How can economic incentives designed for environmental conservation support a transition to sustainable and equitable agriculture?

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Commission on Sustainable Agriculture Intensification (CoSAI)

Agriculture is crucial for the livelihood of millions of people worldwide and is one of the main drivers of deforestation, biodiversity loss and resource degradation. The contribution of agriculture to these environmental problems has been exacerbated by subsidies, which constitute the dominant public policy to support farmers. At the same time, other economic instruments introducing more sustainable land-use practices and incentivizing better environmental and social outcomes are already being applied worldwide. In this report, we selected a set of these incentive-based instruments for conservation and reviewed synthesis and meta-analysis studies that offered robust evaluations and comparisons of existing research. Please note that we use conservation as a shorthand for the protection and restoration of nature, and the mitigation of the effects of climate change on the environment. Based on thisreview, we identify their impacts on environmental, economic, and equity outcomes and discuss the success factors and challenges in their application and design.

Overall, we find some positive effects on deforestation reduction and the protection of surface water sources, with modest impacts on mitigation of climate change via emission reductions of greenhouse gases. Moreover, economic impacts on livelihoods and distributional effects are mixed and understudied in the literature, especially for the Global South. The evidence in the literature suggests that a crucial factor in the performance of economic instruments for conservation is a robust monitoring and sanction system based on conditional compensations. Their long-term success depends on the capacity to generate verifiable environmental benefits and the distributional impacts between winners and losers in conservation efforts.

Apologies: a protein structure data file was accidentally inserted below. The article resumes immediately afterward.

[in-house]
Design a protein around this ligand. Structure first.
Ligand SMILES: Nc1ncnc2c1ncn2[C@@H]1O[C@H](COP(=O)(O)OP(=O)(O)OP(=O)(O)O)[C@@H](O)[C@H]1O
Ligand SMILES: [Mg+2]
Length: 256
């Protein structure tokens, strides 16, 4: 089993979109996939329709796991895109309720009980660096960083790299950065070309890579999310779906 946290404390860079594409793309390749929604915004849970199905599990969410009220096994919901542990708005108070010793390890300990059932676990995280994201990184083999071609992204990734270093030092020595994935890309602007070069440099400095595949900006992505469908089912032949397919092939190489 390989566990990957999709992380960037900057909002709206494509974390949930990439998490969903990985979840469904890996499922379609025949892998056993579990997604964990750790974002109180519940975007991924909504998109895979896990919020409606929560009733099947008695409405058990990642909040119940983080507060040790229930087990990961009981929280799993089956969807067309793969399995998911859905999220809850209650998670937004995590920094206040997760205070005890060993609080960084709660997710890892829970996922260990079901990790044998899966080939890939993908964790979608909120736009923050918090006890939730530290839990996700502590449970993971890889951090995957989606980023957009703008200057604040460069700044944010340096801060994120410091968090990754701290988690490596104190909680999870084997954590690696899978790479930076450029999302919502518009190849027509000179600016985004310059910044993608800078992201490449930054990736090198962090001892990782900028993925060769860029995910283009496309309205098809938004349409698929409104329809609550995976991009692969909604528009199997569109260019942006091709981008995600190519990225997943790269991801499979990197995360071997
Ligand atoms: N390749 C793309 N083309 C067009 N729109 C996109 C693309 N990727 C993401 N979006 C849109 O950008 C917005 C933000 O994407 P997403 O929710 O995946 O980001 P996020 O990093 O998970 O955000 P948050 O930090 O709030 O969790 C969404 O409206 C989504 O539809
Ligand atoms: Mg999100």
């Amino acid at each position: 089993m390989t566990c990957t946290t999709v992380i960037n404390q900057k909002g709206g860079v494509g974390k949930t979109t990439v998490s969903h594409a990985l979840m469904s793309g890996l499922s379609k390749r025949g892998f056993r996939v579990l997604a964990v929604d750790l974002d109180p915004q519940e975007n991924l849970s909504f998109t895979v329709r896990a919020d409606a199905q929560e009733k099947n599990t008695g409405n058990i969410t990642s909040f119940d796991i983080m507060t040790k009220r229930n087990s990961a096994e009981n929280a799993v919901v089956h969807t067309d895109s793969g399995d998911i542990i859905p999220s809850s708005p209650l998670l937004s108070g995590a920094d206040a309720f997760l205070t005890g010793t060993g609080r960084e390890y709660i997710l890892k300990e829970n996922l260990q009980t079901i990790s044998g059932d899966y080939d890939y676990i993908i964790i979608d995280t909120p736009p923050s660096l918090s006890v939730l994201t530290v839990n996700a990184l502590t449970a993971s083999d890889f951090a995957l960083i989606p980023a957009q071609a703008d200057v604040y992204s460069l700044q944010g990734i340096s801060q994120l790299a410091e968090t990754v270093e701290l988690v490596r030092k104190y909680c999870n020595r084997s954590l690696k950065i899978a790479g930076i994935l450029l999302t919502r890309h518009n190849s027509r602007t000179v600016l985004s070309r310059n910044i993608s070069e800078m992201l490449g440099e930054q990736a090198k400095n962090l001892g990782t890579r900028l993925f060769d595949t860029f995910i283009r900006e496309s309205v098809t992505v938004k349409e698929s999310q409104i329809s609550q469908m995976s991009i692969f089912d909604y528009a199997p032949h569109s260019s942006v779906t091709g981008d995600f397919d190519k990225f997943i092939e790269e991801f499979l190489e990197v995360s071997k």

Despite the potential of economic instruments for conservation to generate impact, significant tradeoffs remain between scalability versus efficiency, equity versus productivity and monitoring versus participation. Notably, the application of these instruments in sustainable agriculture requires tailoring their design to the local conditions of farmers, making forest conservation compatible with rural livelihoods, and balancing punishments and rewards.

Resultsfrom thisreview call forinnovationsto make these instruments usefulto support the transition to sustainable agriculture. Opportunities for innovation include (i) lower access cost to smallholders, (ii) allowing mixed uses, with an emphasis on restoration, (iii) enhancing community participation in monitoring and (iv) work on spatial targeting of the most critical ecosystems with a landscape or jurisdictional approach.

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Economic incentives
sustainable agriculture
transition paths